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NC Christmas Tree Farms Show Overall Decrease in Pesticide Use
(Beyond Pesticides, December 8, 2004)
While there is a trend towards less pesticide use in North Carolina’s Christmas tree farms (NC is a top Christmas tree producing state), nearly every tree grown in the state is still treated with one pesticide or another. According to North Carolina State University’s Mountain Horticultural Research and Extension Center, glyphosate was the pesticide applied most commonly, having been applied to at 94.9 percent of all trees in 2000 (the year of the most recent data).

Symptoms following exposure to glyphosate formulations include swollen eyes, face and joints; facial numbness; burning and/or itching skin; blisters; rapid heart rate; elevated blood pressure; chest pains, congestion; coughing; headache; and nausea. A 1999 study, A Case-Control Study of Non-Hodgkin Lymphoma and Exposure to Pesticides, (American Cancer Society, 1999), found that people exposed to glyphosate are 2.7 times more likely to contract non-Hodgkin Lymphoma.

The breakdown of the most commonly used North Carolina Christmas tree pesticides is as follows: glyphosate – 94.9, disulfoton – 49.6, oxyfluorfen – 43.8, metalaxyl – 42.2, simazine – 38.8, sethoxydim – 23.9, lindane - 23.8 (no longer manufactured for this use, but existing stocks may be used), dimethoate – 21.2, esfenvalerate – 16.6, clopyralid – 11.7, fosetyl-aluminum – 9.1, methyl bromide – 8.5, chlorpyrifos - 8.4, triclopyr – 7.8, hexythiazox – 5.4, 2,4-D – 3.1, and atrazine – 2.7.

Also of particular concern on the above list is atrazine, which is linked to causing hermaphroditic (both male and female sexual characteristics) frogs; methyl bromide, which is an ozone depleter 50 times stronger than now-banned CFCs and is linked to birth defects and brain damage; chlorpyrifos, which is so acutely toxic and of concern to children that its consumer uses were phased out in 2000; clopyralid, which had many uses restricted due to its long-term contamination effects; and, triclopyr, which is linked to breast cancer and genetic damage.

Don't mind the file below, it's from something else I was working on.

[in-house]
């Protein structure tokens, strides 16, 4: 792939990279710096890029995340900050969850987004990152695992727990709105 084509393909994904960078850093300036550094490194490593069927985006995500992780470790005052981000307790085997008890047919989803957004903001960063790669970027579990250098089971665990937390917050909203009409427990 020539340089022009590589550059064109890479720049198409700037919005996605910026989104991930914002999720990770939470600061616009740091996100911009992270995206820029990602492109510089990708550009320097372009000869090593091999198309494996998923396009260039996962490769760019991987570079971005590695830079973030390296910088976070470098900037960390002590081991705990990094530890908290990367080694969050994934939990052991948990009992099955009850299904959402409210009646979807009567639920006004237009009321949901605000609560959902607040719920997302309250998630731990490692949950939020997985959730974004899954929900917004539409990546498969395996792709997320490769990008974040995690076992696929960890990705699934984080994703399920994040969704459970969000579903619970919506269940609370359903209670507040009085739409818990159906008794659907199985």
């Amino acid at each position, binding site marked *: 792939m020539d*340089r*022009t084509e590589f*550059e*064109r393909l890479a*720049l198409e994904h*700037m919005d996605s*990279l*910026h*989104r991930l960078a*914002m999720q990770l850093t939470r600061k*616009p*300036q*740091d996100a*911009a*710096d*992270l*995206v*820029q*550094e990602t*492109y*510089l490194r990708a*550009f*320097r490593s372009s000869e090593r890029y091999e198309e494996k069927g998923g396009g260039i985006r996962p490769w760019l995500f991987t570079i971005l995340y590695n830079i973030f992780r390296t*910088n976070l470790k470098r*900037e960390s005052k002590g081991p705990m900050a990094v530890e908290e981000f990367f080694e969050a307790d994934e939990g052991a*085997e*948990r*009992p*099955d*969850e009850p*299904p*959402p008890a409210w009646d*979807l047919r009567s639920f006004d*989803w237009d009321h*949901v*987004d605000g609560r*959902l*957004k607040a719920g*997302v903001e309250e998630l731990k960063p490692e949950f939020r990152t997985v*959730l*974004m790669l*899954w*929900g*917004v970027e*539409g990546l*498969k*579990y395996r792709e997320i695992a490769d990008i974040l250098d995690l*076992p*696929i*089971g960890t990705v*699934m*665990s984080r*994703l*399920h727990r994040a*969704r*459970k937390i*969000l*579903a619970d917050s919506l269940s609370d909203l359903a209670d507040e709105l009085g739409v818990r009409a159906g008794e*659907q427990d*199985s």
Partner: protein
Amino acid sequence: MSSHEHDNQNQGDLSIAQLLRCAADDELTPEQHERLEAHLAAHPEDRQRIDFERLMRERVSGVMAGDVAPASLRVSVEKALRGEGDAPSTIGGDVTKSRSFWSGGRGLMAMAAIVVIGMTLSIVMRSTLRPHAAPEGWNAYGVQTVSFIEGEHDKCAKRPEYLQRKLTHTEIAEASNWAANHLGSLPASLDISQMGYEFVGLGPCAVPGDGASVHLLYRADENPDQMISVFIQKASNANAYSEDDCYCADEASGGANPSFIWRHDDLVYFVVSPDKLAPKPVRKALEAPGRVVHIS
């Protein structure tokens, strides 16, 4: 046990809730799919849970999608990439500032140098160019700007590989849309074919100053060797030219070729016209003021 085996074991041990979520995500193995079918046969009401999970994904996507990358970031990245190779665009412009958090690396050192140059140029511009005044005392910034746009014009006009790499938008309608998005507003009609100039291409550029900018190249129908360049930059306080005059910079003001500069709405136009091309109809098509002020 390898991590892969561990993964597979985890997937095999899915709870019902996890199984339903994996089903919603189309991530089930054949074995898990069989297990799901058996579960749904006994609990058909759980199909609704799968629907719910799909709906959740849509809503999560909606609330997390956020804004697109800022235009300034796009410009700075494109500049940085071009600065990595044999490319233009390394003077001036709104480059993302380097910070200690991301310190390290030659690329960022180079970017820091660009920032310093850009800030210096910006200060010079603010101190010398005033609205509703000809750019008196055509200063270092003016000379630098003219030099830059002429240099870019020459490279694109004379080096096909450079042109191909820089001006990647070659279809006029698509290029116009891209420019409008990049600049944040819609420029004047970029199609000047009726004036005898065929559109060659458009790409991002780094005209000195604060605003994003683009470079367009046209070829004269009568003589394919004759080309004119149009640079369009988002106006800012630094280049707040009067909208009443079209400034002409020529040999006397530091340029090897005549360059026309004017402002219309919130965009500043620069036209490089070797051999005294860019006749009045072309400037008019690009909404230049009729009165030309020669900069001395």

While the Extension Center informed Beyond Pesticides that it is rare for pesticides to be applied during the harvest process, some of these pesticides are registered for use during harvest and recommended for use during November and December by the North Carolina Cooperative Extension in an admittedly outdated (but still on the Extension’s website) factsheet written for growers.

But all hope is not lost. Organic Christmas trees are available. The Agricultural Resources Center and Pesticide Education Project in Raleigh, NC has compiled a list of organic and sustainable tree producers in North Carolina and Tennessee, including Nature’s Own Farm of Marshall, NC, which ships pesticide-free Fraser Fir Christmas trees around the country. This year, protect your family’s health and the environment and buy an organic Christmas tree.

To see Mountain Horticultural Research and Extension Center's report, which documents the overall decrease in pesticide use, as well as the amounts of pesticides still used and for which specific pests, is available here.